Canadian and British researchers report that the stations have likely been inadvertently collecting data about Canadian wildlife in the form of environmental DNA, or eDNA, for more than five decades. 

eDNA is small bits of genetic material left behind by plants and animals as they interact with their environment. It comes in a number of forms, from fur to feces to shed skin. 

When they analysed the filters from two British stations, researchers identified eDNA from 182 species, encompassing plants, fungi, insects, mammals, birds, fish and amphibians. The study’s authors suggest that some air-monitoring stations could hold the eDNA of Canadian wildlife dating back to the 1970s. 

eDNA information gleaned from the filters could be used to develop a holistic view of Canada’s biodiversity and help track declining wildlife stocks. 

Flight path

The eider, part of an annual bird hunt, is just one of many birds the province of Labrador is set to start tracking. (Photo: Kathy Büscher/Pixabay)
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Watch the birdie! Two new radio towers  — the first installed in Nunatsiavut — have joined a network of more than 2,500 bird monitoring stations in Canada and worldwide. The monitoring stations — one in North West River and one in Happy Valley-Goose Bay — will allow researchers to track birds that pass through the province’s skies — and that’s just for starters. 

Researchers are interested in finding out what species of birds that are passing through Labrador and whether the mix is changing. Temperature shifts and extreme weather events may be changing the way birds migrate and researchers need to better understanding the migration patterns of all birds. Data on waterfowl will be used to help better understand and manage the birds that are a staple food of hunters in the province.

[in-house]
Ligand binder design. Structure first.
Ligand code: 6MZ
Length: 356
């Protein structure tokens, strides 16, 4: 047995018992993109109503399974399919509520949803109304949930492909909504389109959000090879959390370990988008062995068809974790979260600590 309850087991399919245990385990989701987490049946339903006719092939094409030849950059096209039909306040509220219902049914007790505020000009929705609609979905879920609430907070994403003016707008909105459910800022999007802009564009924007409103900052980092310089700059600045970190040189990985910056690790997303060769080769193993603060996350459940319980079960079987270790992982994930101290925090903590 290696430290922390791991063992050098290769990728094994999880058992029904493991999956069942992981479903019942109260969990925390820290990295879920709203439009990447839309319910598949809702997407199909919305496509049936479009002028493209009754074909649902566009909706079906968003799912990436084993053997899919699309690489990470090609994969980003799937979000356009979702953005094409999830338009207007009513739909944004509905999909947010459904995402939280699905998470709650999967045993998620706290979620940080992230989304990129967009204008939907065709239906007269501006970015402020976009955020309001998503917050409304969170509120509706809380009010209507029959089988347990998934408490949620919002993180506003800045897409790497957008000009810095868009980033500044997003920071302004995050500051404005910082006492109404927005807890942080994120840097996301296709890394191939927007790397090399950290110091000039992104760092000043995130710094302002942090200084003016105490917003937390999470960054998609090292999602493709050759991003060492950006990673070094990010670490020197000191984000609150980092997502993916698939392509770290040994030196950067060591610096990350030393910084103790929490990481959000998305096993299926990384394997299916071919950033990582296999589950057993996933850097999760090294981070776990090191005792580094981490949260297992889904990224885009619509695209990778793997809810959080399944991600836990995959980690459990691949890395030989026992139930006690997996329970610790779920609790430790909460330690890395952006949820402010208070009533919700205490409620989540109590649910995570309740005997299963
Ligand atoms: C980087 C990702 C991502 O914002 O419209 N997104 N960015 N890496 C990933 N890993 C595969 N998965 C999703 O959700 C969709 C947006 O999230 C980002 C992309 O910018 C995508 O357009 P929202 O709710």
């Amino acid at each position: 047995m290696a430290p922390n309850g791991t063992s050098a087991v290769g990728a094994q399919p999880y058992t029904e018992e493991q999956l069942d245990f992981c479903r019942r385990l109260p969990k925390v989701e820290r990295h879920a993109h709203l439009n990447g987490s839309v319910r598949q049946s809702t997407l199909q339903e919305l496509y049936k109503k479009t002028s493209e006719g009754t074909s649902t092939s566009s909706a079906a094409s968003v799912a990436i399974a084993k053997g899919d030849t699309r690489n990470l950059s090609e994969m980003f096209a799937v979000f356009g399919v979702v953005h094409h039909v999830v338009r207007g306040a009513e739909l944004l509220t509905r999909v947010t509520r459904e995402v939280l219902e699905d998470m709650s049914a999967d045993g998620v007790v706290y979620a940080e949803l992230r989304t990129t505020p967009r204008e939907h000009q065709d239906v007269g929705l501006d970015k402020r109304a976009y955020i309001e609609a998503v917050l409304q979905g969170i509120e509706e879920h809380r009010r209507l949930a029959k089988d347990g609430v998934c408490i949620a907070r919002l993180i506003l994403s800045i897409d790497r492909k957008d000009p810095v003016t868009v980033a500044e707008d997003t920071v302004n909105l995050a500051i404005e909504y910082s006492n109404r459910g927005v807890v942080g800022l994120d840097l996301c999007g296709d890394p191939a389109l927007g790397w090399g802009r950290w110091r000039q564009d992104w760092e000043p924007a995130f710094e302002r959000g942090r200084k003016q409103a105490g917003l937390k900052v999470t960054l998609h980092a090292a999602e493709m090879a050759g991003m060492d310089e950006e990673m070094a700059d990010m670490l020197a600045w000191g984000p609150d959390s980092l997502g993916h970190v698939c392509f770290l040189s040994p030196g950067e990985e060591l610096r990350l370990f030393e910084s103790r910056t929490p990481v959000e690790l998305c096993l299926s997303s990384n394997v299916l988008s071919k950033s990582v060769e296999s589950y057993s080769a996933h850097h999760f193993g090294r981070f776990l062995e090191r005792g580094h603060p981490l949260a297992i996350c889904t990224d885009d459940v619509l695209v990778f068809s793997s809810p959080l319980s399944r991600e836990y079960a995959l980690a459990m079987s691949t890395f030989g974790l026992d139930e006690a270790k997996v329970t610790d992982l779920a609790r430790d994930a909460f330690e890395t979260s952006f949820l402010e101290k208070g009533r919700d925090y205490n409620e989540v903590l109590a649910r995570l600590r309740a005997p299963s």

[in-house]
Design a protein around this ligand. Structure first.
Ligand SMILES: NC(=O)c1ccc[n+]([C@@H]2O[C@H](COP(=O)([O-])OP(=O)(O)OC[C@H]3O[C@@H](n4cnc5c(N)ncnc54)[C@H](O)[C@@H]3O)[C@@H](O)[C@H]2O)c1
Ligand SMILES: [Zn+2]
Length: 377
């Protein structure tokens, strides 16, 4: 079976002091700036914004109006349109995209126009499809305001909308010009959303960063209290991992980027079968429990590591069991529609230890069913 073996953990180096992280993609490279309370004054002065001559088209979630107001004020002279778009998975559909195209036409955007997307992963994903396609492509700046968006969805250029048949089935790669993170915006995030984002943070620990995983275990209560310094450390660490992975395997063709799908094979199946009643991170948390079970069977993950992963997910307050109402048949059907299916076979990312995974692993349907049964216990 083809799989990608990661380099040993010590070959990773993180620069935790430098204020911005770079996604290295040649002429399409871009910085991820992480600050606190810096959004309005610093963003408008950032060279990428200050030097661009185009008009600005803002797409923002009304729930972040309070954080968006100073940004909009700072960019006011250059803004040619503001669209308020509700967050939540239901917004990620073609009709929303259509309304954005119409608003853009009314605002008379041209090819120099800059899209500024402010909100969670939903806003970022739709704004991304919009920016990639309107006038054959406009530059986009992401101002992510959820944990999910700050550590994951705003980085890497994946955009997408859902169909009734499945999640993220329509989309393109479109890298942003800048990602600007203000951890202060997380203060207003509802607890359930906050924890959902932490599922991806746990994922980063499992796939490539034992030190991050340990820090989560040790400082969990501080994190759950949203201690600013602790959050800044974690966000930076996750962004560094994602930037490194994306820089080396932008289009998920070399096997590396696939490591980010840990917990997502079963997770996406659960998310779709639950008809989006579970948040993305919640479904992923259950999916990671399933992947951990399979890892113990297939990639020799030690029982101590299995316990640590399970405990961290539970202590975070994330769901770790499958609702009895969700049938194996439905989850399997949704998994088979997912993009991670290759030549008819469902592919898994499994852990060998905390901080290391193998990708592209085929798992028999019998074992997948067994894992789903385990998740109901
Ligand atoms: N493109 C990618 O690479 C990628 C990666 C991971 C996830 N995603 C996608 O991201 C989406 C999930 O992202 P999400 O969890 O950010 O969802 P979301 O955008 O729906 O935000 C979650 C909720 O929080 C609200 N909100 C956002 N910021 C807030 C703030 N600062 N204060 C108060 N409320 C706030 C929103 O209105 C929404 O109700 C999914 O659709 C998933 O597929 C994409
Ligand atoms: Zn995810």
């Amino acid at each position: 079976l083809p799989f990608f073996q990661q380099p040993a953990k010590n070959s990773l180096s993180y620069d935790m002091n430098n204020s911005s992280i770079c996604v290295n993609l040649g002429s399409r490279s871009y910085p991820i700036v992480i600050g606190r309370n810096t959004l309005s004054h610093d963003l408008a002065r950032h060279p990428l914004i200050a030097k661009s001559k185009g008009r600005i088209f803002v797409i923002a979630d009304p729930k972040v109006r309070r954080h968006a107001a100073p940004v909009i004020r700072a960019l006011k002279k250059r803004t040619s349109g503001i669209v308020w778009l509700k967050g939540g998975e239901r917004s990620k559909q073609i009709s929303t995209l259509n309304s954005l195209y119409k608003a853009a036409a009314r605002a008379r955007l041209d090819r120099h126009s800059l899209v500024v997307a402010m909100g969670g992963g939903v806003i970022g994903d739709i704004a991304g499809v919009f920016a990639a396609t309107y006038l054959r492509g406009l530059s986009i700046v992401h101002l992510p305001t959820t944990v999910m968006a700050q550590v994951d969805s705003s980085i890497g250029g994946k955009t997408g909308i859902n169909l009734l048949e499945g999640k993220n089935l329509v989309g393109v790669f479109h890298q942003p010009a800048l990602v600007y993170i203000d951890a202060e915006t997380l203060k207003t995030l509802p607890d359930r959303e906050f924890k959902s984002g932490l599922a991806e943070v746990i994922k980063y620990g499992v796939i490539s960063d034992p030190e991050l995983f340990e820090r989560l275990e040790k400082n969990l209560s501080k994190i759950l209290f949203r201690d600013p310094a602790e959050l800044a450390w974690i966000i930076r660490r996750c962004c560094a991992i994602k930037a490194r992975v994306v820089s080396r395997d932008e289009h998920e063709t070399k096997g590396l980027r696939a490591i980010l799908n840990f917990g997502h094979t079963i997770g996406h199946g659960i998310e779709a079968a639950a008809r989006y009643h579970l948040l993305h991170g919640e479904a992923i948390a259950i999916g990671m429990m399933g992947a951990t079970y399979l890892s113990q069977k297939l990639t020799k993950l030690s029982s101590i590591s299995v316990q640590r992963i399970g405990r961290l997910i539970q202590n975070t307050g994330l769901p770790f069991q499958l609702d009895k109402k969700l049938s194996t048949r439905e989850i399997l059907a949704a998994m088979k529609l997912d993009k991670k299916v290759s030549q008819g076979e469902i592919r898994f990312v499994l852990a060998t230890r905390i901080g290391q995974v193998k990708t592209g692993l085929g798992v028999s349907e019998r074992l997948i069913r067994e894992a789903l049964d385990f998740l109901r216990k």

Scientists from Birds Canada’s Motus Wildlife Tracking System will capture birds and suture trackers into their backs using dissolvable stitching that’ll fade away and let the trackers fall off. Those trackers — the largest of which uses solar panels and a battery — will allow researchers to follow the flights of birds from up to 20 km away. 

Next up, Birds Canada will install two more radio stations near the Nunatsiavut towns of Rigolet and Hopedale. Eventually, they would like to install towers near every Nunatsiavut town along the coast. 

Cooling clams

New research from SFU suggests ancient Indigenous clam gardens might be a modern climate solution. (Photo: Kindel Media, Pexels)
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Indigenous clam gardens have been cultivated along the B.C. coastline for up to 3,500 years. Now, a student at Simon Fraser University is looking to this tried-and-true farming practice as a way to protect clams against extreme heat. 

Clam gardens are designed to increase the area of shallow water beach habitat. To create these gardens, Indigenous people would build up a seawall — sometimes more than a metre high — along a stretch of beach, then backfill the wall to create an expanded plateau where clams would thrive at optimal tidal heights. The result? Bumper clam harvests.

SFU master student Emily Spencer is working on new research that suggests these gardens could also help clams survive extreme heat events like B.C.’s 2021 heat dome, which is estimated to have killed roughly a billion sea creatures.

Spencer has been working in partnership with nine Coast Salish Nations and Parks Canada to simulate heat dome-like conditions on Vancouver Island clams and document the effects. She found that clams living in these gardens were more resistant to extreme weather events than clams living on their own. Because the gardens create an extended plateau, water recedes more slowly than normal when the tide goes out, giving clams a cooler, wetter environment during low tides. This, in turn, helps to shield them from the heat.